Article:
Karin Viard is showing this Wednesday in “Tokyo Shaking”, by Oliver Peyon, whose plot takes place at the time of the Fukushima disaster. Loosely based on real events, the film is also a social film on the corporate world.
What is it about ?
Tokyo, March 11, 2011: a tsunami ravages the coast of Japan, threatening to destroy the Fukushima power station. Alexandra, who recently worked for a French bank in Tokyo, finds herself at the heart of this crisis. Torn between the orders of her management and the desire to protect her family and colleagues, Alexandra tries to come to terms with the situation and finds herself, almost in spite of herself, defending a certain idea of honor.
Tokyo Shaking, directed by Olivier Peyon, written by Olivier Peyon and Cyril Brody, with Karin Viard, Stéphane Bak, Yumi Narita …
Released on June 23, 2021
Loosely based on a true story
By mixing what could be the starting point of a disaster film (the tsunami that triggered the Fukushima disaster) and corporate social film, Tokyo Shaking stands out for its rather original subject in the French cinema landscape.
The result is interesting in more than one way because it manages to maintain suspense, and maintains a certain lightness despite the seriousness of the facts from which the film is inspired.
Let’s talk about the facts, precisely. One of the qualities of this film is the particular care given to the factual details of the scenario. While it is in no way a question of making a purely documentary story, we feel the attention to making a film that is closest to the situation actually endured.
As the director Olivier Peyon explains, the plot of Tokyo Shaking takes as its starting point the story of a friend of the filmmaker. “I meet her one evening in Paris and, while I believed her to be stationed in Hong Kong, she announces to me that she now works for a large French bank in Tokyo and begins to tell me about the crazy week she lived. two years earlier during the earthquake of March 2011.“
And to add: “She describes to me the power of the tremors, the horror of the tsunami, the anguish rising as the Fukushima plant grew out of control. The disinformation is total, as much on the Japanese side as abroad, and for good reason, no one knows what is going on. What to do: leave or stay? Everyone deals with their conscience. “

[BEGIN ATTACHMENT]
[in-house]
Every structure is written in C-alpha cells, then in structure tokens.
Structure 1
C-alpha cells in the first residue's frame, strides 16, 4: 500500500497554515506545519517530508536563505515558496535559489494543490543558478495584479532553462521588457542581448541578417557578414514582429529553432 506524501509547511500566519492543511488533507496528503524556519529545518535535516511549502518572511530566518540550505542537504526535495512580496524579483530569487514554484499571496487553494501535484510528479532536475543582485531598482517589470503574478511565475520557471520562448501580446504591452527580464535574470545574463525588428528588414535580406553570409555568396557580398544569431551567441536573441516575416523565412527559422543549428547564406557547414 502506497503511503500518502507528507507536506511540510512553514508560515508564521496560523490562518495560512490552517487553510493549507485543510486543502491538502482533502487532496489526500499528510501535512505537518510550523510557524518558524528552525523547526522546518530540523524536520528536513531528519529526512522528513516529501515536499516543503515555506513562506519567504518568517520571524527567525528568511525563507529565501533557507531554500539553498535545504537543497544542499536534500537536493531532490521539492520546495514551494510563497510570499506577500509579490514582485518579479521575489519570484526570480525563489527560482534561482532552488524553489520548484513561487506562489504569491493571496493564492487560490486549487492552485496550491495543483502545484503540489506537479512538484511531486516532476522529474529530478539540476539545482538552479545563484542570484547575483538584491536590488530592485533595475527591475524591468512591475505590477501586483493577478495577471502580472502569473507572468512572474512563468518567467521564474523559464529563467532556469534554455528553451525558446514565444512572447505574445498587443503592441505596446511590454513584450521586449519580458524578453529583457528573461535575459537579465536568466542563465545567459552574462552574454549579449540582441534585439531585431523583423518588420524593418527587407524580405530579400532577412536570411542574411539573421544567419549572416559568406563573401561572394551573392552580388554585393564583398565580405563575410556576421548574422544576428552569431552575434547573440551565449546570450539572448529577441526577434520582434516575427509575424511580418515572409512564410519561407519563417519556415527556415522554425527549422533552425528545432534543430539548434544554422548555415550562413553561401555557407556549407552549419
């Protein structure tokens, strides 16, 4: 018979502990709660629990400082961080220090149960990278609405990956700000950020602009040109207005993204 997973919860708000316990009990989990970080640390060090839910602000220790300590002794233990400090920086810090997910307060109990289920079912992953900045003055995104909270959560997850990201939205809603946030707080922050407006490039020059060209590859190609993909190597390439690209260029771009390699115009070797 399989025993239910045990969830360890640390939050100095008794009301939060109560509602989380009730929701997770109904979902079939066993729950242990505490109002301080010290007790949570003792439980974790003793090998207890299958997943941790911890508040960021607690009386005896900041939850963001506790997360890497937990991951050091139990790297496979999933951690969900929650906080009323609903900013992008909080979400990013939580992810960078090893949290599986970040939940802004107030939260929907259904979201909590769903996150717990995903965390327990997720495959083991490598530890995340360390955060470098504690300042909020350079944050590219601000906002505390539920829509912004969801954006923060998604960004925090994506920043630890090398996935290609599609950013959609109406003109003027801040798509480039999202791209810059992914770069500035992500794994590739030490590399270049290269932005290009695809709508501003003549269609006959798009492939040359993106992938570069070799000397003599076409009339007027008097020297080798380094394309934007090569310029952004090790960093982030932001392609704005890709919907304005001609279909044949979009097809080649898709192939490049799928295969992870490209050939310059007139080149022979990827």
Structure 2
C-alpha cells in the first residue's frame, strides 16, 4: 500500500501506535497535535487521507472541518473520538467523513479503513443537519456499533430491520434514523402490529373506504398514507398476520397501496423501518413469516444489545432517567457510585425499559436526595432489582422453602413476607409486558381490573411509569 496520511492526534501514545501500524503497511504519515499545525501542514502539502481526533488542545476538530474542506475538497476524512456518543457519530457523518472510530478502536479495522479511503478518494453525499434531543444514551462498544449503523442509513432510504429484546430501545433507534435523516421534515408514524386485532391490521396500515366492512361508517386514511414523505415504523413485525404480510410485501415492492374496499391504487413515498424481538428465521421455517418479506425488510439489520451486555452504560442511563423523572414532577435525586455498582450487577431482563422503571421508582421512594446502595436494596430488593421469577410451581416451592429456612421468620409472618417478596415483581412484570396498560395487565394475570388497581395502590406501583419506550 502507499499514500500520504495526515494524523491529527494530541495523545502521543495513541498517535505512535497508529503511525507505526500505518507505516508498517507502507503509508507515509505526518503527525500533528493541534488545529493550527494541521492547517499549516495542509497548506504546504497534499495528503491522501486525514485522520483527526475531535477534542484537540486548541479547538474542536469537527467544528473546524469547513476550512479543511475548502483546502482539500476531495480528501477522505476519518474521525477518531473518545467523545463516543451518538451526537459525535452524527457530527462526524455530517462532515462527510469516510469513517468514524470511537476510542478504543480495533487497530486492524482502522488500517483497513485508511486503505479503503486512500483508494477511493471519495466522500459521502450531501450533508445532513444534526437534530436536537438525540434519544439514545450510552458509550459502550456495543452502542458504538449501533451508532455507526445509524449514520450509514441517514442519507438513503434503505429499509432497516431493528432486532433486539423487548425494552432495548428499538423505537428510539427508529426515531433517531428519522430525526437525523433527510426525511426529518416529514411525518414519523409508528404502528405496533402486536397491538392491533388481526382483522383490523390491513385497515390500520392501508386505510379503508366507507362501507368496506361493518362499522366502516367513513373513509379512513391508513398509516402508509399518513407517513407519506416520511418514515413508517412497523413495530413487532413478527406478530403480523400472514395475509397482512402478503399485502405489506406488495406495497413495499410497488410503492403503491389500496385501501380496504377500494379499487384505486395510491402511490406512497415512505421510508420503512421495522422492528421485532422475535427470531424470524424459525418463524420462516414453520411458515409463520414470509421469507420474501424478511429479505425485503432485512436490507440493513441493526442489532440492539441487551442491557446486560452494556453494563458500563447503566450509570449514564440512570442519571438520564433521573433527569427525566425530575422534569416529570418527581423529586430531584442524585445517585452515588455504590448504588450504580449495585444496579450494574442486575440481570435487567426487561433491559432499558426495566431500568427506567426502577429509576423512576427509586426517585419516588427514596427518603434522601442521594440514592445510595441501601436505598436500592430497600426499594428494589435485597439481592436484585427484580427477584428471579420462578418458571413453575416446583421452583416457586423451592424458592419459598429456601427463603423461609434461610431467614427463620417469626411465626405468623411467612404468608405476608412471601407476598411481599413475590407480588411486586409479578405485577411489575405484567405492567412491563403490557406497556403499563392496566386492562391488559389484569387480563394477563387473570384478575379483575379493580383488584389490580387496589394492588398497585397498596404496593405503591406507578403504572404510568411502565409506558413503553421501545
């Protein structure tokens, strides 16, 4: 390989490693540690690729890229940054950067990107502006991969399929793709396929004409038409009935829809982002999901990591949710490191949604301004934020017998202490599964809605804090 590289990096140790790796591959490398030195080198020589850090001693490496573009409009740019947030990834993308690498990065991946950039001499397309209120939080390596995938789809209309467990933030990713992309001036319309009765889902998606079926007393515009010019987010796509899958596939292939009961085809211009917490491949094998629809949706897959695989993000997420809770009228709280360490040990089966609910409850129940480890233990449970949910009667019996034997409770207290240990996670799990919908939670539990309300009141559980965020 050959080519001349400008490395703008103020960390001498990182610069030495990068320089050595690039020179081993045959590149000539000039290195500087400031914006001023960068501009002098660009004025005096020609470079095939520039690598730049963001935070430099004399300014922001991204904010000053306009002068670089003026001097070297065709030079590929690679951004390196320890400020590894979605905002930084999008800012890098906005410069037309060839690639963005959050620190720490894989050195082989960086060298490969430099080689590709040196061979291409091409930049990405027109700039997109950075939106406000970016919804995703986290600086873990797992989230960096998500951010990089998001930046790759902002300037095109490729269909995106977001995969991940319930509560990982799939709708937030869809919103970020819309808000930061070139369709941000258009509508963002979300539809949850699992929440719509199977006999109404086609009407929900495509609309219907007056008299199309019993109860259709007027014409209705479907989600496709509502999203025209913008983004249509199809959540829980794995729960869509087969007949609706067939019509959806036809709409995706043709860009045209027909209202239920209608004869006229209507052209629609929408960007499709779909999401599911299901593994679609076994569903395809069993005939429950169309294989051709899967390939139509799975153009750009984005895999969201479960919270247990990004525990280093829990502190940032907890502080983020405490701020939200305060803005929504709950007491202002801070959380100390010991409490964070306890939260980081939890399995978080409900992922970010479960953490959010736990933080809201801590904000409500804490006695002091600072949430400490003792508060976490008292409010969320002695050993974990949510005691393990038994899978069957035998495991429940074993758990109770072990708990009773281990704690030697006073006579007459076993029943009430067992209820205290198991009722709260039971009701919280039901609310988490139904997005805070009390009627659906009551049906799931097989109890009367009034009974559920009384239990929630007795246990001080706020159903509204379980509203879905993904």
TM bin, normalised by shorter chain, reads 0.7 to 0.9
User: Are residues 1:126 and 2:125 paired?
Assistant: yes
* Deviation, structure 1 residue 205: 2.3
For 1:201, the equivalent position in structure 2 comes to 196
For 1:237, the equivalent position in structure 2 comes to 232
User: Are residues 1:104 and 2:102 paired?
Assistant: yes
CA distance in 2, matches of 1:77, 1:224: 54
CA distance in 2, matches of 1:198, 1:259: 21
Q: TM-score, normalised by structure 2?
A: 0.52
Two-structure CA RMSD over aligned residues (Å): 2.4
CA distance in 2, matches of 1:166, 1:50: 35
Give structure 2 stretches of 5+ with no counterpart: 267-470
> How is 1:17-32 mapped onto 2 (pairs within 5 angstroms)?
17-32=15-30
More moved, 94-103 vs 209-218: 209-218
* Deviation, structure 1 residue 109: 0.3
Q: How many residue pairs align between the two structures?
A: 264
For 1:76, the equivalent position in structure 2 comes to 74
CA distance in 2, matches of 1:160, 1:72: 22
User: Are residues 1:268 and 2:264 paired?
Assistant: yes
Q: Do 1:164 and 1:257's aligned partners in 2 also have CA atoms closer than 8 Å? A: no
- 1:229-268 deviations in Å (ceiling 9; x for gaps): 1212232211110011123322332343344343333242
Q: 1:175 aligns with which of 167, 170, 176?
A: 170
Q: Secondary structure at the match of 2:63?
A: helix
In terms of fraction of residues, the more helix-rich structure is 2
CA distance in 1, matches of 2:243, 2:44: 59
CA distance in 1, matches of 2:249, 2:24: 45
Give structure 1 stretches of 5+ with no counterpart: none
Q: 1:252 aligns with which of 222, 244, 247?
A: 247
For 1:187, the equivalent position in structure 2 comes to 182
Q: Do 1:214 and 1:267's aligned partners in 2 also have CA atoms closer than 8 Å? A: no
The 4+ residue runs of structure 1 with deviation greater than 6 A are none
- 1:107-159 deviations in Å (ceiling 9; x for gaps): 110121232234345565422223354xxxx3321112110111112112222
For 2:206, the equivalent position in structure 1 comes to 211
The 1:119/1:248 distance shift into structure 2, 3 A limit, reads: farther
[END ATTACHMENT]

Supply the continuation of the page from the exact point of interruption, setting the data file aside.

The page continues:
“My friend tells me this, bursting with laughter, as if she suddenly became aware of this ubiquitous situation, continues the filmmaker. It is truly the daily life of a disaster that she tells me about, when you have so much to deal with that you don’t have time to be afraid, where the big and the little story mingle. The desire to make a film was born.“
A long investigation work
To carry out this scenario, Olivier Peyon then carried out a long investigation work, with Cyril Brody, his co-writer. “After learning from my friend’s anecdotes, we went to Tokyo to visit the bank where she worked, we met the expatriate community, including the character of Michel (the neighbor working for an Areva subsidiary). he tells in the film is true.“
“We were also obviously very interested in the case of TEPCO, the private equivalent of EDF in charge of the Fukushima plant. In 2009, two years before the disaster, a report had stipulated that it was necessary to raise the dikes of two power plants because of the risk of tsunami – those of Fukushima and Onagawa, further north which did not depend on the same operator. It cost millions: TEPCO
buried the report while the other operator raised their dikes. We know what happened to the Fukushima plant while the other was spared.“
“It’s always the same story of money and profit. And that’s a nice metaphor for capitalism: when all is well, all is well; when it blocks, the state of nature takes back its rights, there is no one left. “
Note that Tokyo Shaking also benefits from a careful staging, including a few scenes actually shot in Tokyo, and an excellent cast led by an impeccable Karin Viard.